A popular plumbing product common from 1978 to 1995 is called polybutylene pipe, commonly called “PB Pipe”. It is a plastic type of supply plumbing pipe that has been involved in several notorious and significant class action lawsuits due to breakage and leakage issues. Two of these class actions are titled ‘Cox vs. Shell Oil’ and ‘Spencer vs. Shell Oil’.
Polybutylene pipe was widely installed in the mid-Atlantic region (including the Lancaster and Harrisburg areas) as well as the deep South and Northwest US due to its ease of installation and low cost. After a short time, however, its defects became known. It is estimated that approximately 10 million homes (including mobile homes) have polybutylene pipe installed. It was sold under several brand names, such as Qest and Vanguard, although some of these companies also manufactured non-PB type plumbing pipe, such as PEX. PB and PEX are different types of pipe and should not be confused. PEX plumbing typically comes in white/clear or red and blue varieties.
Example of what Polybutylene (PB) pipe looks like.
Examples of some Polybutylene (PB) pipe fittings
PB pipe is often grey, but also was produced in some other colors. The grey variety is most often found locally (Lancaster/Harrisburg areas). Polybutylene plumbing has “PB2110” printed on it which is its ASTM designation (see photo above). Many homes are plumbed entirely with PB pipe while others have only small amounts of it installed due to a past repair. It is certainly wise to be aware of the PB pipe issues whether you are a Realtor listing or selling homes or are a home owner with PB pipe in your home.
I occassionally find polybutylene plumbing in Lancaster area homes (approx. 3~5%). Since beginning to inspect thousands of homes in 2002, however, I have only ever seen polybutylene leak on one occasion.
The issues at hand with polybutylene are the pipe and the fittings used to connect the individual pieces of PB pipe together. Chlorine, which exists in small amounts in public water supplies, and other possible contaminants are believed to react and deteriorate the piping and its fittings. After exposure, it is believed that the pipe flakes and becomes brittle with small cracks. Leaks may occur without warning and can cause extensive damage to a home if undetected early. Plumbing leaks and the damage they can cause can be expensive to repair, including being a potential breeding ground for mold. Different varieties of fittings for polybutylene pipe have been developed; however, each appears to have some potential issues. A fitting is what is used to connect the individual pieces of pipe together. I have found little concerning any issues with the grey plastic fittings which were used near the very end of when PB pipe was still being produced.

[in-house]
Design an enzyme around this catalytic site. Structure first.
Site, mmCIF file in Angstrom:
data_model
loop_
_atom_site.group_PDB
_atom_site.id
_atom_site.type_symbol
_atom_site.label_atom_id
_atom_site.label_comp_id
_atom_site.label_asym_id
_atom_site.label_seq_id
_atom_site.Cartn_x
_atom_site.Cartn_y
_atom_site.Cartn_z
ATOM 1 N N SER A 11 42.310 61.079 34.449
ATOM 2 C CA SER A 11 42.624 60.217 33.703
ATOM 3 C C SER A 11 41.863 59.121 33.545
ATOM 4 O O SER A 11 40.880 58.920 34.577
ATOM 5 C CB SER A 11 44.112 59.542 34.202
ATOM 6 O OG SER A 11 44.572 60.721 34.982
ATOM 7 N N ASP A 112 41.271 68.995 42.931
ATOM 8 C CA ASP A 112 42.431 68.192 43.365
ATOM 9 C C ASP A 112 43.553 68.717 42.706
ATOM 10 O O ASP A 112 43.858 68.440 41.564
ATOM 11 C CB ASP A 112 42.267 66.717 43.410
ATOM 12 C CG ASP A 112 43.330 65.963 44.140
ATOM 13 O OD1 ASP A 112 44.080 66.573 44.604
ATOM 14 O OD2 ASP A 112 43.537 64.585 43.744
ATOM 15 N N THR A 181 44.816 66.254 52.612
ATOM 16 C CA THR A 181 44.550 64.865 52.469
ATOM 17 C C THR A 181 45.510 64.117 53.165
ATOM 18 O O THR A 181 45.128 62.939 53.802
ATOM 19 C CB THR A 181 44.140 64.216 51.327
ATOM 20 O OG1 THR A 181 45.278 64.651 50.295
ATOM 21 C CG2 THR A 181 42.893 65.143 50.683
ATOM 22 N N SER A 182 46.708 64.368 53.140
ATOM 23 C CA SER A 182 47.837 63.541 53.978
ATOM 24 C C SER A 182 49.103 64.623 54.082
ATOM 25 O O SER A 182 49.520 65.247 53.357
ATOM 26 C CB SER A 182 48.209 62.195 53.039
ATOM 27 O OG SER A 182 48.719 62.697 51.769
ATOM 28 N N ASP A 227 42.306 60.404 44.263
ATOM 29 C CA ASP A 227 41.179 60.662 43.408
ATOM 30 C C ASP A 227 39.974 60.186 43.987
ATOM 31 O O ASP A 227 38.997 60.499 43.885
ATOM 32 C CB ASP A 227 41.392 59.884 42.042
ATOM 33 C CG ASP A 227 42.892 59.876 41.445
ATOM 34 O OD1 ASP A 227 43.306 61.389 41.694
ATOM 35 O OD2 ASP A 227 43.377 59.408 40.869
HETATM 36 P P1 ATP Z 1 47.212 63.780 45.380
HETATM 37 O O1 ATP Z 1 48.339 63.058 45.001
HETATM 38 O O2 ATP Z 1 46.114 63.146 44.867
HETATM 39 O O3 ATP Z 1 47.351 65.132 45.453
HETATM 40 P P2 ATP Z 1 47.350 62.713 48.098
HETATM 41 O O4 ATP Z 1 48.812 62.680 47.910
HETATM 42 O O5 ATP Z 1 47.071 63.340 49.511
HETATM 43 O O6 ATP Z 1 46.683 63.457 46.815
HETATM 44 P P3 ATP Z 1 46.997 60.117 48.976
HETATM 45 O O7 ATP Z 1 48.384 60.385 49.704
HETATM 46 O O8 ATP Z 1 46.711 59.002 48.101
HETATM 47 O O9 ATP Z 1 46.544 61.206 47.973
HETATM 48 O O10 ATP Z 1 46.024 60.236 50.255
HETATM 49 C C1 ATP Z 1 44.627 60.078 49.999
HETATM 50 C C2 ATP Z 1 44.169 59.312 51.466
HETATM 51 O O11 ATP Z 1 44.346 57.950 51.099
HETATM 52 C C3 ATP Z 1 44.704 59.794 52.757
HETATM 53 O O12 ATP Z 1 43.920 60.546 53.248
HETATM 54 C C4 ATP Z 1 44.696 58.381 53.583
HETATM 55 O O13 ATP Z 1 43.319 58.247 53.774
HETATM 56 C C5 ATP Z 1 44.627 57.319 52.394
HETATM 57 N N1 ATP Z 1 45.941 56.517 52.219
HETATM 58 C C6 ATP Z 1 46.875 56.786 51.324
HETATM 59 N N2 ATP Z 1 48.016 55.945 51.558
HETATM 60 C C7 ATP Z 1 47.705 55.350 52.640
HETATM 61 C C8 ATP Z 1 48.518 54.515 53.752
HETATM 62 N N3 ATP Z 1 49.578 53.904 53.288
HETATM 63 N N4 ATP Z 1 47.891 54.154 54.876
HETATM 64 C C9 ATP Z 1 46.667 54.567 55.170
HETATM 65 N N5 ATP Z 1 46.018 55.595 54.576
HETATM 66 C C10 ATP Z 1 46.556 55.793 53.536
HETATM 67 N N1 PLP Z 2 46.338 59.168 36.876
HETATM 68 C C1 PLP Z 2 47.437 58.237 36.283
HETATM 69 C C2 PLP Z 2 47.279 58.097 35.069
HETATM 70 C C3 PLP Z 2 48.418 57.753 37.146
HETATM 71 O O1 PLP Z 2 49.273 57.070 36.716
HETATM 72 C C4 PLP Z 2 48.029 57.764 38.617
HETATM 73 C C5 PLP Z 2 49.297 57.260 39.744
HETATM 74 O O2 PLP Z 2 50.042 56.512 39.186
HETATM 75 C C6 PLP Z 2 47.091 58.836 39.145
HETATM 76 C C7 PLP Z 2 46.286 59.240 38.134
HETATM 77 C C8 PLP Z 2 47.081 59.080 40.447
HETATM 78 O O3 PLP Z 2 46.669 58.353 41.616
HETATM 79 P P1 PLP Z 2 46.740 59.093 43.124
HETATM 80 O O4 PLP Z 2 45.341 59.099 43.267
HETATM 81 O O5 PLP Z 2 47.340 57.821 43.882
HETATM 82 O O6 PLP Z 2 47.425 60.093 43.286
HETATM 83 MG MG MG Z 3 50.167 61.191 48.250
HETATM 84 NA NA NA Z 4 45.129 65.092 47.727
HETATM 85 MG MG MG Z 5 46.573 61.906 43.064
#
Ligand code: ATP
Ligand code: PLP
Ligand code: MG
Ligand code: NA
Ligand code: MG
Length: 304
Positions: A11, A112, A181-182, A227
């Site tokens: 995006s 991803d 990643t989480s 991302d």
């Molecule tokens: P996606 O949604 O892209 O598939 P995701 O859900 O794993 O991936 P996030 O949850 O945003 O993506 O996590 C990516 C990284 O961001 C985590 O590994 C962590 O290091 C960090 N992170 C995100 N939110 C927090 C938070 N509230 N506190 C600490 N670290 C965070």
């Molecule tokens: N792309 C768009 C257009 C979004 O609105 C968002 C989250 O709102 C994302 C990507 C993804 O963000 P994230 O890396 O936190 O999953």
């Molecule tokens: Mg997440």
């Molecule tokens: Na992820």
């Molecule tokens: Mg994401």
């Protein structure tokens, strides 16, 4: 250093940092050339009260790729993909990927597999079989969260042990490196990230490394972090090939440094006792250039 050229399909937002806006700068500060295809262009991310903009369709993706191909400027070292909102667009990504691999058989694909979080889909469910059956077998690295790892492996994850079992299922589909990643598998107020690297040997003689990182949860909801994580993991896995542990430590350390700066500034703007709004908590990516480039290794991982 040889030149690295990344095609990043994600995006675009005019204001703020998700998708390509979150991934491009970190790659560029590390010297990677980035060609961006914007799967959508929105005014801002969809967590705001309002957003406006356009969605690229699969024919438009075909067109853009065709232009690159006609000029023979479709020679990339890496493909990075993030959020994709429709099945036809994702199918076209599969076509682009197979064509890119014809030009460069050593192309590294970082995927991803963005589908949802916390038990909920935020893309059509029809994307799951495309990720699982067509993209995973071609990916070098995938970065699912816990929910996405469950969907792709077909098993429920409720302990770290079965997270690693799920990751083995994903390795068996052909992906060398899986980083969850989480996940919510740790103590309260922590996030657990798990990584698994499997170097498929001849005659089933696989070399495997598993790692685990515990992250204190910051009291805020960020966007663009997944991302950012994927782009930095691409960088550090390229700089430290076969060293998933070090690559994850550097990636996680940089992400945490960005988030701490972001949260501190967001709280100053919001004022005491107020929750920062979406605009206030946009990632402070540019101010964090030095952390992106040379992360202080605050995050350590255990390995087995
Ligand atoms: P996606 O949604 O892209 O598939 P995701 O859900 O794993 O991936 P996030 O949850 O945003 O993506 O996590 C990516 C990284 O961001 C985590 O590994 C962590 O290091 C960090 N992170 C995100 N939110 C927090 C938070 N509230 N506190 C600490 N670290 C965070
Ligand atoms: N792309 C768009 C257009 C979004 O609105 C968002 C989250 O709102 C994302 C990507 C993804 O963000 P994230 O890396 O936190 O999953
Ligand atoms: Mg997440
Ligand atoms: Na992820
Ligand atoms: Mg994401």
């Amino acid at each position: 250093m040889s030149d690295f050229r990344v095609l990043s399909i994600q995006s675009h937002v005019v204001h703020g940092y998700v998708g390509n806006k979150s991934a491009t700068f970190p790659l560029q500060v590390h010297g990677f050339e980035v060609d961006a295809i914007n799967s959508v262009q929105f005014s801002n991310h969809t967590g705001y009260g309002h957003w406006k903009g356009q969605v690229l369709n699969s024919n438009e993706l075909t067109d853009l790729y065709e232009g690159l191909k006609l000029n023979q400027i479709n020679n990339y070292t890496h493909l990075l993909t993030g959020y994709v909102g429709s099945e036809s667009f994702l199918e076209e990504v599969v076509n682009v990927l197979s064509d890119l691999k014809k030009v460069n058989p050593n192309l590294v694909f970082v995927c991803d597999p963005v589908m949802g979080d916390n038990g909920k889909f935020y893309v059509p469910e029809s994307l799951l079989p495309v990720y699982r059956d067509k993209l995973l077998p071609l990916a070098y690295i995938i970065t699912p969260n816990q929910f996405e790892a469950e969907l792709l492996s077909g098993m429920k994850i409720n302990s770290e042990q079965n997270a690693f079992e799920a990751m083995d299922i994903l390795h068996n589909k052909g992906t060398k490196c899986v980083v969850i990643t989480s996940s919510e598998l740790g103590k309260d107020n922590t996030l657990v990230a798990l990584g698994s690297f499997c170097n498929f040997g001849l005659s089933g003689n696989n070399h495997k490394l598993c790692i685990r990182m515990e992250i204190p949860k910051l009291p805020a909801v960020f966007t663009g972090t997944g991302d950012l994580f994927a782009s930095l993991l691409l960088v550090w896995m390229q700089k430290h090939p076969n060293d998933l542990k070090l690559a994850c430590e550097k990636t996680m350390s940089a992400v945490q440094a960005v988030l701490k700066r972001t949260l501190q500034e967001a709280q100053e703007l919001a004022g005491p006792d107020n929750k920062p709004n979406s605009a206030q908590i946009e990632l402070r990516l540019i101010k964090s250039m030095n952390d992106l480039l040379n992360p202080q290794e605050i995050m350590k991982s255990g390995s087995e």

To determine if a home may have polybutylene, look at the visually accessible supply plumbing under sinks, in the basement ceiling, at the water meter, or at the water heater. These locations are often the easiest to find supply plumbing. Just because the installed polybutylene pipe and fittings appear fine from the outside, doesn’t mean a leak may not be about to happen from the inside. Consulting a licensed plumber for evaluation of the installed polybutylene pipe is recommended. The plumber can also determine if the installed PB pipe and fittings are indeed included in one of the class actions.
Several lawsuits were filed in the 1980s and, although they admitted no wrongdoing or defects, the manufacturers of PB pipe agreed to fund various Class Action funds. One totaled $950 million!
The Cox vs. Shell Oil, et al. and Spencer class actions have now both expired.
© 2014 Matthew Steger
Matthew Steger, owner/inspector of WIN Home Inspection, is an ASHI Certified Inspector (ACI) and a Certified Level 1 Infrared Thermographer. He can be reached at: 717-361-9467 or firstname.lastname@example.org.
WIN Home Inspection provides a wide array of home inspection services in the Lancaster, PA area. This article was authored by Matthew Steger, ACI - owner of WIN Home Inspection in Lancaster, PA. No article, or portion thereof, may be reproduced or copied without prior written consent of Matthew Steger.